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Triumph TR3 - Master Cyl compatible w/TR4???
|I was wondering if it is possible to use the TR4 style dual master cylinder on a TR3? I hated the combo master cyl on my MGA - look Ma, no brakes, no clutch!|
The brake/clutch pedal cluster looks the same between the 3 and 4. I am not concerned about originality - this car has no hope of competing in shows, and technical updates are (in my opinion) a very good idea.
Also, is there an oil filter adapter for screw-on filters? I upgraded the filter on my MGA from the original toilet paper roll style and used the adapter found on later MGB's and Austin Marinas. Look Ma, no more oil leaks from the filter!
Anyone know of a site dealing with TR3 compatibility issues?
|Moss and the other usual guys sell spin on adapters for the TR3. Some people I know have had leaks with the spin on adapter and went back to the original type filter.|
|My TR3A has the original brake/fluid combination reservoir. Inside there is a second fluid reservoir. Check yours. One is for the brakes and the other for the clutch. When I lost fluid from one, the fluid stayed in the other. To solve this, I check the fluid levels as it says in the book - OFTEN. I also check all the other fluids, oil, anti-freeze, battery, etc, often. If you lose fluid (say for the clutch), you drove without using it. You can shift in all upper gears without a clutch if you synchronize the shift points by tapping on the throttle pedal. If you lose brake pressure, pumping would help till you can get to a place to add more fluid. That's why I carry spare brake fluid. You can also use the hand-brake. It was designed to stop the car (if it is properly adjusted) or at least to lock up the rear brakes back in the time of the mid-1950 rallies where the TR won many events. That's why you can pull it on and then "let go" to release the hand-brake.|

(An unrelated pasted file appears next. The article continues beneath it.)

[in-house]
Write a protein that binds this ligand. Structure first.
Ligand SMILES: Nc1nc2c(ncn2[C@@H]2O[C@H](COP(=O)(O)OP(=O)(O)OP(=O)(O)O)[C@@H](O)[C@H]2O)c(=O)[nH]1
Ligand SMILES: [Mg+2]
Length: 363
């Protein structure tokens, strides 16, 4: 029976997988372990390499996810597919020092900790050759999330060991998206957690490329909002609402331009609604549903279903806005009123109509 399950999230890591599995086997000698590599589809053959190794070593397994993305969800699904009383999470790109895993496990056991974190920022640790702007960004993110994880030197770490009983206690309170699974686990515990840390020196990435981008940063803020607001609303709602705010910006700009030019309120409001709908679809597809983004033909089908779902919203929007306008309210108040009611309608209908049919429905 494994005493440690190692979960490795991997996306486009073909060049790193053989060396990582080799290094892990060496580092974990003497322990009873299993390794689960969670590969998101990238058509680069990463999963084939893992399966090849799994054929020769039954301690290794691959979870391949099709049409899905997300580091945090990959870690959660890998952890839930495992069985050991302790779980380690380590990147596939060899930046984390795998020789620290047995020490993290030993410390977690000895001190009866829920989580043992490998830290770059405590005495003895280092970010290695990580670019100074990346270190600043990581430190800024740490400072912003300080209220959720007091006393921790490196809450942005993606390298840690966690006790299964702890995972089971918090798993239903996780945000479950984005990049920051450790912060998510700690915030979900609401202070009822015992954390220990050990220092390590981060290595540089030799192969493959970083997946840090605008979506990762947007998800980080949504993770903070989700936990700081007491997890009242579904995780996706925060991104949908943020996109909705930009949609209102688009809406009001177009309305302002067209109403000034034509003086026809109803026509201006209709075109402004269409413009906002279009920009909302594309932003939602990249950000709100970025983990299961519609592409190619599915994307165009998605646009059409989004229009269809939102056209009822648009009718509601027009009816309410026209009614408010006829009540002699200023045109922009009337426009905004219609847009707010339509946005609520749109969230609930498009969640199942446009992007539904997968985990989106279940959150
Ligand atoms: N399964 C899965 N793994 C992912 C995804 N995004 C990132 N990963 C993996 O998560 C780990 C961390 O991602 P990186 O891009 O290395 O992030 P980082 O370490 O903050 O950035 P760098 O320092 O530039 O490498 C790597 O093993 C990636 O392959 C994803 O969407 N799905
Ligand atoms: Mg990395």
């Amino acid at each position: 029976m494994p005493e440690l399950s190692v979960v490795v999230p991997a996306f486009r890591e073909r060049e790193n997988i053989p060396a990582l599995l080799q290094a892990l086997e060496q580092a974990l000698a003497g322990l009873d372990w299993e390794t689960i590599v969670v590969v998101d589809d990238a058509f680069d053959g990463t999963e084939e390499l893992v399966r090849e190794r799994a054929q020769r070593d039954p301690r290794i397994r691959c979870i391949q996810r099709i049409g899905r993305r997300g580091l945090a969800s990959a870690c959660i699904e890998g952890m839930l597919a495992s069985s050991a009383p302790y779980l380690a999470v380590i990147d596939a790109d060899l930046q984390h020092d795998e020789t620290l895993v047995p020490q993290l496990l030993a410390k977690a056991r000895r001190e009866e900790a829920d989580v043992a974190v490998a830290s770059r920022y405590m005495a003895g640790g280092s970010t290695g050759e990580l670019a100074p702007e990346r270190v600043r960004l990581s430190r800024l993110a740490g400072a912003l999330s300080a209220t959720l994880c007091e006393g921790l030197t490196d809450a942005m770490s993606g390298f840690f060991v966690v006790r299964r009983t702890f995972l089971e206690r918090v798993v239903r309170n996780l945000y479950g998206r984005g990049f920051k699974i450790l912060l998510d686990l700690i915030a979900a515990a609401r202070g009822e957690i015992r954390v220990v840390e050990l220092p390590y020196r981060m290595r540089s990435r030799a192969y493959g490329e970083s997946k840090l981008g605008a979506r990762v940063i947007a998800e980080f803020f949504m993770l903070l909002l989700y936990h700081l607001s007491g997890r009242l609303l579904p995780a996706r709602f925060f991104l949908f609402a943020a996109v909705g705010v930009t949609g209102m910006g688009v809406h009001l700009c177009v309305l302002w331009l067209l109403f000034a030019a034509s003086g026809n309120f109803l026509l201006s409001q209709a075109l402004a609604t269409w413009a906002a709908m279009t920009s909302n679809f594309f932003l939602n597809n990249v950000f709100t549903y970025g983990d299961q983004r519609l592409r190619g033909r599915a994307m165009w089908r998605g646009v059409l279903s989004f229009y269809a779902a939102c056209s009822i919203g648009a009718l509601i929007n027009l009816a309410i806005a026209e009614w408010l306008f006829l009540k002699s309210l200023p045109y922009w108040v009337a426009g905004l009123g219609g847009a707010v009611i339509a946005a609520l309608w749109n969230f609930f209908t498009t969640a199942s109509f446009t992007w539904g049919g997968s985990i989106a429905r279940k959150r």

I still have the original oil filter body. I had trouble getting the outer cannister off till I did two things. I bought a ratchet spanner. One end is 1/2", the other end is 9/16". It is flat like an open or closed-ended wrench but both ends are closed and each has a ratchet. They sell for about $5.00 at Sears. This makes the long center retaining nut easier to turn. The other thing to do is to shorten this long center bolt by about 1'4" and file a pointy bullet nose onto the top end for easier installation. With it being shorter, the ratchet wrench takes off the bolt all the way without it interfering with the vent pipe coming out the side of the engine block just to the rear of the filter body.
Don Elliott, Original Owner, 1958 TR3A
P.S. - I drove my TR 10,069 miles this summer.
|I see no reason for you to not use the TR4 master, even though it's more expensive. If you have a used one from a 4, why not just put a kit in it and replace the canister? Well, you'd have to replace both unless you still use the canister for the clutch. If that's what you want, just do it! I thought about it myself, having a leaky canister once. I rather like the look of the 4 MS. Money-wise, you'd replace the canister far cheaper than 2 master cylinders (I never have had to replace the body, just clean up the bore and put inexpensive kits in. Hydraulics seem to be quite weak in these cars. Whenever I have done a restoration, the first thing to give me problems seems to be brake cylinders. Maybe it's because we don't drive them enough. (They get lonely, you know.)|
|tp in nb|
This thread was discussed between 10/10/2001 and 04/12/2001
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